Surrey Fire and Rescue Service (SFRS) has built a state-of-the-art dynamic mobilisation system. This dramatically speeds up response times to incidents.
Many fire and rescue services are preparing for control convergence in anticipation of the FiReControl project, which will provide an integrated and modern network of nine Regional Control Centres (RCCs). These will be able to receive calls and mobilise resources across the country.
In preparation for the switch over scheduled for 2012, Surrey Fire and Rescue Service (SFRS) has built a state of the art dynamic mobilisation system that will dramatically speed up response times to incidents. The system, which went live in December 2008, has a number of key components. Each vehicle is fitted with both GPS satellite tracking and a ruggedised computer, which is connected to the command and control centre, sending and receiving data across mobile networks. The command and control software, which is designed specifically for the mobilisation task includes a live map interface, which enables staff to see vehicle location in real time. Once an incident has been reported, the system automatically chooses the nearest, appropriately equipped appliance based on the incident type. A fire in a building of six floors for example, will require an additional aerial appliance with the capability of reaching the appropriate height. The system calculates which vehicle will have the quickest travel time using GIS routing information to inform this selection.
Because the system chooses crews based on time and distance, one of the challenges experienced by crews is mobilisation out of area. In the past crews worked on a station ground or territory basis but now the system will calculate which crews can get there fastest.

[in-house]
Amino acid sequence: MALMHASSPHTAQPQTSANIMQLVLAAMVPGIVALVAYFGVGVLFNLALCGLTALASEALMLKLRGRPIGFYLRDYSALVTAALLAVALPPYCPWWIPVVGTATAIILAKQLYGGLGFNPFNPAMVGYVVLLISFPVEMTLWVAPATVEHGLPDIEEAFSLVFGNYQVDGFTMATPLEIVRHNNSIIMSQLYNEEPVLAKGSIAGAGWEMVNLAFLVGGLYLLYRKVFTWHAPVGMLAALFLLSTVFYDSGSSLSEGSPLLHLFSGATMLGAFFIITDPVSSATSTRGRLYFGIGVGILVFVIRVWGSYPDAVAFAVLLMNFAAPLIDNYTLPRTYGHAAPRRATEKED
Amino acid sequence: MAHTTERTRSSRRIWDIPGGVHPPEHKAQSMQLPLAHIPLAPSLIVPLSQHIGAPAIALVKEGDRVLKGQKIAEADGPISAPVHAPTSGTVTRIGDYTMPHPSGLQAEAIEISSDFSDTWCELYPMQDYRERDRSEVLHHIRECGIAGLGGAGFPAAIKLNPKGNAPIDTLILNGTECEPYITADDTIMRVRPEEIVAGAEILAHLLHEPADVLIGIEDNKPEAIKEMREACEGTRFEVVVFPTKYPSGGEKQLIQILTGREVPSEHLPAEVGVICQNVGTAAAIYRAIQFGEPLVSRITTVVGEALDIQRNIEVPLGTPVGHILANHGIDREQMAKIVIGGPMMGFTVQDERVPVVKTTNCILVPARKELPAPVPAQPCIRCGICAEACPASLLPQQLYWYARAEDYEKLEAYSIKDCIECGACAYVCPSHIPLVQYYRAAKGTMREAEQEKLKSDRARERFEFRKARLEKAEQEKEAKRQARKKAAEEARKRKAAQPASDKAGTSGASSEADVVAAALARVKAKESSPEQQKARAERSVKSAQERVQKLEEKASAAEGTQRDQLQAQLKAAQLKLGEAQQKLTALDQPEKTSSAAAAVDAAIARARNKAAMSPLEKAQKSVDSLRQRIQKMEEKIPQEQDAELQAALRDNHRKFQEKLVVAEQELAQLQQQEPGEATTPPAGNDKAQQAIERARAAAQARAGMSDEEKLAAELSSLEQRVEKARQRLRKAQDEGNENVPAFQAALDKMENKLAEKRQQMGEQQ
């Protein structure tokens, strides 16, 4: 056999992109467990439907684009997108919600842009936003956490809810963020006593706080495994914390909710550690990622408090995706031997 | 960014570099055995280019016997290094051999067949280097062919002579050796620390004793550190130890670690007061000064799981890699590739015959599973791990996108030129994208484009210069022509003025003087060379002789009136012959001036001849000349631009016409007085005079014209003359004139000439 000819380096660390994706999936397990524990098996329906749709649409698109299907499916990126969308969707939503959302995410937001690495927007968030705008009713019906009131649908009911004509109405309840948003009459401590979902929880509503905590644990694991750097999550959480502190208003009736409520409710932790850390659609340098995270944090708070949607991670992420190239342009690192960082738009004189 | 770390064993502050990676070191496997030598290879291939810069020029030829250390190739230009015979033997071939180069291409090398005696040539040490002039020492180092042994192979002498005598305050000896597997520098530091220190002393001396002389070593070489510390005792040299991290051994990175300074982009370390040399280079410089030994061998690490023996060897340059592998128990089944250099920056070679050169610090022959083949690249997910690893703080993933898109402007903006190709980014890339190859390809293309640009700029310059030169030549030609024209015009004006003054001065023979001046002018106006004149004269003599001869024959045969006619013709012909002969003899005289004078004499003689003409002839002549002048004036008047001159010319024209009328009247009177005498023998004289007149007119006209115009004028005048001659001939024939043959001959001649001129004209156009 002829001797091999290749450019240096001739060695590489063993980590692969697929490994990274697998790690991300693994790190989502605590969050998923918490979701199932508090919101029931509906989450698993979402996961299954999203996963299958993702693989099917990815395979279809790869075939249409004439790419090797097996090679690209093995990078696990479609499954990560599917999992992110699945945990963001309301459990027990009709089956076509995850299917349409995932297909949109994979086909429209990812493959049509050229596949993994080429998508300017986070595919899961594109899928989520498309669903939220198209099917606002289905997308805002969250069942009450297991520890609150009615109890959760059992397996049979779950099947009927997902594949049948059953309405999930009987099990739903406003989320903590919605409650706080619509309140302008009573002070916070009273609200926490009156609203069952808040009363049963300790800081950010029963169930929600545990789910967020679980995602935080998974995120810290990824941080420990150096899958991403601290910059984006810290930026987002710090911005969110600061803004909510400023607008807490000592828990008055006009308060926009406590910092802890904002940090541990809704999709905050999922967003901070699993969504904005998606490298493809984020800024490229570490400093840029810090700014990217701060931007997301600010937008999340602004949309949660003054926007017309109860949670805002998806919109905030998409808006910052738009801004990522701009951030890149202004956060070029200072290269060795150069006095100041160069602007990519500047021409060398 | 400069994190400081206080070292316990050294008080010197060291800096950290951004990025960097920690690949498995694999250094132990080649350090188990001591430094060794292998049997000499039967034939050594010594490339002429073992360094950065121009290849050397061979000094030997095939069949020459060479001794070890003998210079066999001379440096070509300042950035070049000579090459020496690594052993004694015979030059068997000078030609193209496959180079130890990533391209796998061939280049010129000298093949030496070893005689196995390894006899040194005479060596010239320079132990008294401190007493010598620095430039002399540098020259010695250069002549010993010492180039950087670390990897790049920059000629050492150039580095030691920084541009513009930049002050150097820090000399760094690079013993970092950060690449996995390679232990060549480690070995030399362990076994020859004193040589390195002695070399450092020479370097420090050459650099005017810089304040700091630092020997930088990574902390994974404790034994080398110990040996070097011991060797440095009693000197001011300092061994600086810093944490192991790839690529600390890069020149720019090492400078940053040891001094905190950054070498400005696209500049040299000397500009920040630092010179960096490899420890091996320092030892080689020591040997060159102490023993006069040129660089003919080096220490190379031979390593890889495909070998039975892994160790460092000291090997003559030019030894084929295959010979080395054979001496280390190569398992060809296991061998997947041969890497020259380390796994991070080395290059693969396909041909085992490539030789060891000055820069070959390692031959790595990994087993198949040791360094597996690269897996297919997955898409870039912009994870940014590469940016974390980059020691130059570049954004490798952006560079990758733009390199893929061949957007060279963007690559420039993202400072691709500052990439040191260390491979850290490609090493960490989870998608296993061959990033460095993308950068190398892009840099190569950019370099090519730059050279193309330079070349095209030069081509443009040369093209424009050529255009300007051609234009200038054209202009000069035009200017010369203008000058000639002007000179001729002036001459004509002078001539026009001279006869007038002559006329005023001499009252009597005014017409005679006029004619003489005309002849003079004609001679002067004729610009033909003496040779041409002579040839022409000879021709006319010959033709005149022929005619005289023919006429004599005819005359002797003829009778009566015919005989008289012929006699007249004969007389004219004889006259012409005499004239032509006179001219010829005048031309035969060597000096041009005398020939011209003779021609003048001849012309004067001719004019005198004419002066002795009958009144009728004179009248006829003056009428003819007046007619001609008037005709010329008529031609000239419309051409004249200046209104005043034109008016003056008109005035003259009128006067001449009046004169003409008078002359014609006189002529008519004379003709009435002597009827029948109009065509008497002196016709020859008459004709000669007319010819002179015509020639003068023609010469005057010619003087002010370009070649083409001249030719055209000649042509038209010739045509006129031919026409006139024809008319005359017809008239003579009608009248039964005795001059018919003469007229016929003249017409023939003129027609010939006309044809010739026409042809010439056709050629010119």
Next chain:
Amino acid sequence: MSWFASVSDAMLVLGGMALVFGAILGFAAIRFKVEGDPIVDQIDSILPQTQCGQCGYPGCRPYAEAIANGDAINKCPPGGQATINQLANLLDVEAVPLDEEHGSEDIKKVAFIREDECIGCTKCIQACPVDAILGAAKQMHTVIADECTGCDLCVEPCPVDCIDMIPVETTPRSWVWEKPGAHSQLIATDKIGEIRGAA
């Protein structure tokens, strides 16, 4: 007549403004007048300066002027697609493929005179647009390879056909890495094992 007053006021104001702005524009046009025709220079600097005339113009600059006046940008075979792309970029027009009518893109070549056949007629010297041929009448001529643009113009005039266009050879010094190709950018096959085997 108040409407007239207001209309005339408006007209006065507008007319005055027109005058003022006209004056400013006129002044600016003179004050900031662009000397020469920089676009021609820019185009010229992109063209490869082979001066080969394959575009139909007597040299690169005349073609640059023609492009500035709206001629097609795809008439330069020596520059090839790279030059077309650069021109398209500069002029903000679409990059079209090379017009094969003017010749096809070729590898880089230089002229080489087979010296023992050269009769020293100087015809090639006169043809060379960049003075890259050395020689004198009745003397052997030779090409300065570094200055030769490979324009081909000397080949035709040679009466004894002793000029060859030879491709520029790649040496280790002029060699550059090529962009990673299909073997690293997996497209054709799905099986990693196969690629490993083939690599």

The final component of the system is the NLPG (National Land and Property Gazetteer), which is used as the core source of location information and already mandated for use in the FiReControl project. SFRS has been working with local authority gazetteer custodians for over two years and increasingly the police and the NHS to build on the excellence of the NLPG to further improve the quality of address data. It has also migrated all of its legacy risk intelligence data relating to over 70,000 properties from the old command and control system to the NLPG. In addition SFRS are building a web portal to post change and update information as it becomes available. Local authority gazetteer custodians will then access the portal in order to validate and update the NLPG.
“From a technical viewpoint this part of the deployment was the toughest,” said Carl Walker, System Information Technology Manager for Surrey Fire and Rescue Service. Cross referencing the legacy data to the NLPG, which uses a completely different data schema, took around nine months and involved a considerable amount of quality assessments to ensure it was completed to the highest standard. Hosting the system and making it available to all our stations and personnel was challenging and we used web based technologies across our intranet to achieve this. Once in place it gave transparency to our legacy information enabling staff to act as our eyes and ears, so to speak, to validate our legacy information against the NLPG,” continued Carl Walker.
As with any new system there have been significant changes to working processes and the impact of these changes cannot be underestimated as Carl Walker explains. “We have had the mobilisation part of the system in place for a couple of years now so crews were familiar with the equipment. We understood how the command and control system would work and we understood the data through the migration process to the NLPG. As a result we were able to carry out a fairly detailed impact analysis prior to full deployment.
Simply introducing a new system does not solve a problem; in fact it can create many more because it changes the way you work. You need to change the business model to suit the outcome, so rather than adapt to the system once it’s in place you need to change the way you work so that when you do go live it is business as usual. We were able to prepare for go live over a period of months.
Using the NLPG to mobilise FiReControl
Surrey Fire and Rescue Service